Perry’s stated aim is to ‘champion the democracy and diversity of the art being made at the moment’, but there is the problem: there is not a great deal of diversity here: trashy postmodernist art won the cultural revolution – because it captured education – and there is little else on offer but that: art fads of the past 50 years are regurgitated again and again and have never looked so tired: pop-art, punk, art brut, abstraction etc. The brochure has a silhouette of the statue of Sir Joshua Reynolds outside the RA surrounded by a colour field of shocking pink. Someone should tell Perry that shocking pink is not that shocking any more.

Here and there a few works showed talent and an actual interest in painting. Overall I would say they numbered about 20 in a show of 1,347 exhibits.

Tracey Emin, formerly Professor of Drawing at the RA and herself a CBE, submitted several works that were quite the worst things in the exhibition. The best that could be said about them is that they are extremely hasty preparatory lunges with a brush. The idea that they might be finished works of art just shows how far painting has fallen.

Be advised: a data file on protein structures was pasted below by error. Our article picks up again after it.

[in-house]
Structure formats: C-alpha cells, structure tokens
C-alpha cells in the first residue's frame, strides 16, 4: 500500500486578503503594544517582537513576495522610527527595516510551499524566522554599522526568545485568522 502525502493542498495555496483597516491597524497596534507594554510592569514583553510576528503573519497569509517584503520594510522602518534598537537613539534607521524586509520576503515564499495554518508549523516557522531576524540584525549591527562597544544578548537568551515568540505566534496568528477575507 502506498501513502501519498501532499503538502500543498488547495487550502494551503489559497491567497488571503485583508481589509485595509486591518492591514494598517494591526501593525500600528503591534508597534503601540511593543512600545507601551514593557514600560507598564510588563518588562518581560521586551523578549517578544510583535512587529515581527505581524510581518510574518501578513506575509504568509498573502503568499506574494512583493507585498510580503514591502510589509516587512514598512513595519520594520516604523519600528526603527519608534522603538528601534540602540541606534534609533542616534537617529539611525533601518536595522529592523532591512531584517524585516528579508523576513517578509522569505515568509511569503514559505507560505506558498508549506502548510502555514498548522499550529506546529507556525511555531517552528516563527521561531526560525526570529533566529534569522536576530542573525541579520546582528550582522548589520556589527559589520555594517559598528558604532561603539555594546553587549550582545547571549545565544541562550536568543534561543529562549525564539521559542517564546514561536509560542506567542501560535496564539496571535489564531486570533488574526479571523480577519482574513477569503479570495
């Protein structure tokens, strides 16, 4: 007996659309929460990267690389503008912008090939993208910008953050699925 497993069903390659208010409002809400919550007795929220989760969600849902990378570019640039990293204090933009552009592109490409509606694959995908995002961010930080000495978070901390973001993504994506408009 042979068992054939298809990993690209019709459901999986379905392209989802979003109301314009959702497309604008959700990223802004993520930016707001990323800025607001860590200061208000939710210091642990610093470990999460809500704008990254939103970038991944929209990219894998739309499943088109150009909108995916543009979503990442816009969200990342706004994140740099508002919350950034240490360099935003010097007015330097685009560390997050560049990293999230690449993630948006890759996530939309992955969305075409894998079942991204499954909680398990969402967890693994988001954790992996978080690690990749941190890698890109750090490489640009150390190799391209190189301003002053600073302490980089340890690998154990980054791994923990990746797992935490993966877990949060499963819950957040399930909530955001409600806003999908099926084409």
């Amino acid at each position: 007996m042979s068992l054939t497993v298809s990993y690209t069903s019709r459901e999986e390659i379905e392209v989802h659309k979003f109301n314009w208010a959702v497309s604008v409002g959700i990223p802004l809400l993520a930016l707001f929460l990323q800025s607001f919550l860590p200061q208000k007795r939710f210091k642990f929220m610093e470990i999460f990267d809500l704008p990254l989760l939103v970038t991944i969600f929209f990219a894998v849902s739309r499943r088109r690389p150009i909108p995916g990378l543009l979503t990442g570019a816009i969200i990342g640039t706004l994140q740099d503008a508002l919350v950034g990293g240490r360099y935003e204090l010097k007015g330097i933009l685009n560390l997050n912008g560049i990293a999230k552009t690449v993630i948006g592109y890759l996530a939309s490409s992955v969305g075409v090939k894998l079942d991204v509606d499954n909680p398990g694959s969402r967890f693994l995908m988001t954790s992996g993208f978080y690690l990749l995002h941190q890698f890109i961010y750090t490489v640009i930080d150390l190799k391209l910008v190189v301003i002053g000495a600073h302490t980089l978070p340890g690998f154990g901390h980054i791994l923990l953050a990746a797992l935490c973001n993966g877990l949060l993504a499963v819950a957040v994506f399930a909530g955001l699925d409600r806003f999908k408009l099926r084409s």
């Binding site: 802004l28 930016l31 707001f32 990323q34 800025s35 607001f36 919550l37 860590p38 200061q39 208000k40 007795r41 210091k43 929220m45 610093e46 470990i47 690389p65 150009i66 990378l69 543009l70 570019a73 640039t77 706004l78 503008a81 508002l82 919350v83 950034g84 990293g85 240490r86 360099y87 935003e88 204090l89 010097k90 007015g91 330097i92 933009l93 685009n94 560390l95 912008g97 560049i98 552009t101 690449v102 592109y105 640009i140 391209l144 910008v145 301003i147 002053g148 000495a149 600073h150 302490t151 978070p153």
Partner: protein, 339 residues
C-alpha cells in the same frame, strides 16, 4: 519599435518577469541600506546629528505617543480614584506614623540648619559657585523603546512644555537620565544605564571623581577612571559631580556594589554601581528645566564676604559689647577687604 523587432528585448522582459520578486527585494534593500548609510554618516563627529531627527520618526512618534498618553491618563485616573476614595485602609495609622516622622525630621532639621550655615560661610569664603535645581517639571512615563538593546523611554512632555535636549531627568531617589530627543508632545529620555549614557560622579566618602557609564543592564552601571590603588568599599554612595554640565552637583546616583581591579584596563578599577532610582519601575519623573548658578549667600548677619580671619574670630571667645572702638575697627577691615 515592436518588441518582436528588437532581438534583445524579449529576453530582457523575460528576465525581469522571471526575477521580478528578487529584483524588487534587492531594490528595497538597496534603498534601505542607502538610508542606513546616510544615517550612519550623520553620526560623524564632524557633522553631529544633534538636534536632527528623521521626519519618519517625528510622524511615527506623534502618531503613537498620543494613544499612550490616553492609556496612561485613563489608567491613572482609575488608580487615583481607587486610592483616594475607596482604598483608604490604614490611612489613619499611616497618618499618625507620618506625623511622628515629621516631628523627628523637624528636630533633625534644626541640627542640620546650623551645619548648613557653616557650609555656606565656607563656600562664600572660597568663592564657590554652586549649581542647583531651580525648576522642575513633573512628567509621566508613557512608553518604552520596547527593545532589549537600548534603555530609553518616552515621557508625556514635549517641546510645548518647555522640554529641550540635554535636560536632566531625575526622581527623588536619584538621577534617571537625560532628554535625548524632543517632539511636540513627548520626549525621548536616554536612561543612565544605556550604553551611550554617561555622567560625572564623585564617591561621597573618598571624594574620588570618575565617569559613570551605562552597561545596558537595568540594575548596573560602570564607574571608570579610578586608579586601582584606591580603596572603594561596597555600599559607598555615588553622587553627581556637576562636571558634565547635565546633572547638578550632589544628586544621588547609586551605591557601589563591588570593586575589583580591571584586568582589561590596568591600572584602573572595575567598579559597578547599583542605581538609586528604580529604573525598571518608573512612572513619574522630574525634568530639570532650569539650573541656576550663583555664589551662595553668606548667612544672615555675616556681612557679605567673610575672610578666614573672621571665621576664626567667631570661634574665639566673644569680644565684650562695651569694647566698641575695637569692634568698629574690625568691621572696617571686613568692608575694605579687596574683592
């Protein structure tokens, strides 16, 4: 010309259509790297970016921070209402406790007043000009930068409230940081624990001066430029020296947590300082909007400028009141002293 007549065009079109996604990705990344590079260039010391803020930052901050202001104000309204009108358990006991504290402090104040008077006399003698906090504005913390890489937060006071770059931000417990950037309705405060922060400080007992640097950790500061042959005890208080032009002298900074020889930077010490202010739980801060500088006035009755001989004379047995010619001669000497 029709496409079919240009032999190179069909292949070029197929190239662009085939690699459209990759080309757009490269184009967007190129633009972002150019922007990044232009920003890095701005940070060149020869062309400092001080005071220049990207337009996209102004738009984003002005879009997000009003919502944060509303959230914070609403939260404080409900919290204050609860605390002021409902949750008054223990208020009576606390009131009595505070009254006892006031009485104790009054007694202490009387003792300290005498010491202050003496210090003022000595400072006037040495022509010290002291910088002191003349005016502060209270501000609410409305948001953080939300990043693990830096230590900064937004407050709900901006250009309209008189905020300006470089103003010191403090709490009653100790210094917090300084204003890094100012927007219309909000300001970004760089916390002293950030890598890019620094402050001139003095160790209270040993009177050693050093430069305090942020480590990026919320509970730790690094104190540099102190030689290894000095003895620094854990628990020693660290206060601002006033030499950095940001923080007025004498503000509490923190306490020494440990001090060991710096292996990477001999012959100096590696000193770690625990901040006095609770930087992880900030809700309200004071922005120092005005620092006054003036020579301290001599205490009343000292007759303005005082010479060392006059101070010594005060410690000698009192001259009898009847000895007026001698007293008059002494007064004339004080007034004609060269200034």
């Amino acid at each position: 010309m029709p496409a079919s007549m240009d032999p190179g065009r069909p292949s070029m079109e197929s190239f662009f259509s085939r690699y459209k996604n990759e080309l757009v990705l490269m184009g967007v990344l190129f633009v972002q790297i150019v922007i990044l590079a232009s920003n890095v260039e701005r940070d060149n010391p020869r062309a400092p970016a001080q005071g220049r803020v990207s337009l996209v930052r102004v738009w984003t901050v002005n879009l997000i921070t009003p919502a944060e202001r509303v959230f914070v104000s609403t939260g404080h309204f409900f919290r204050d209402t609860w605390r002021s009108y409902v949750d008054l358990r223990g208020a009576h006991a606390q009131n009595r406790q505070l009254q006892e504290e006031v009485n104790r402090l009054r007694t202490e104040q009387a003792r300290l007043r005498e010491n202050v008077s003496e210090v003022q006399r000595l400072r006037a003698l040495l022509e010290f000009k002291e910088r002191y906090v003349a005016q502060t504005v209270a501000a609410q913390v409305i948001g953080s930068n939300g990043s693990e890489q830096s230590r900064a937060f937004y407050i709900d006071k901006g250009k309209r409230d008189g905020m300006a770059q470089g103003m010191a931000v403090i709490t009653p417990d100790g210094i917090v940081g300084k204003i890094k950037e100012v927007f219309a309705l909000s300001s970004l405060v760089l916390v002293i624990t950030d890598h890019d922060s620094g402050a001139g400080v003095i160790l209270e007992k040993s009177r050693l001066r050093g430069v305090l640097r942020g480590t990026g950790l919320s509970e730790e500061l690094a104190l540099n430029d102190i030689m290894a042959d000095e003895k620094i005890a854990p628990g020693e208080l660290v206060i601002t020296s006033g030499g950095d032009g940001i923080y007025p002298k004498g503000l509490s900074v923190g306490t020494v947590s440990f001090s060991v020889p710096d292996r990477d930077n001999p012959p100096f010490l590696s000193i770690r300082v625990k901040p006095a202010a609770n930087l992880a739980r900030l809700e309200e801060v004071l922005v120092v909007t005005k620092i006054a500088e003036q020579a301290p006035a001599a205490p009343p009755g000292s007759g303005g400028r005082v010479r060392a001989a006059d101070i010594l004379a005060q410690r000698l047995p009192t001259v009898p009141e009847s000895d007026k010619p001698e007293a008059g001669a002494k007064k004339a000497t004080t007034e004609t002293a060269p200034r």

What of Perry’s work? Selfie With Political Causes (a set of 12 prints at £51,000 each) is a crude cartoon depicting a green girl with ‘peace’ on her apron riding a motorcycle. Placed round about are buzzwords, a sort of creed of Modern Britain: racism, sexism, poverty, equality and for good measure, in the shocking pink sky above, global warming.

Here and there in Perry’s work you see the ghost of the painter he might have become had he not opted for becoming the art world’s answer to Dame Edna. Buried under the perversity, aggressive sarcasm mistaken for irony, sloganeering, cartoons and sneering there appears to be an interest in landscape and the human figure.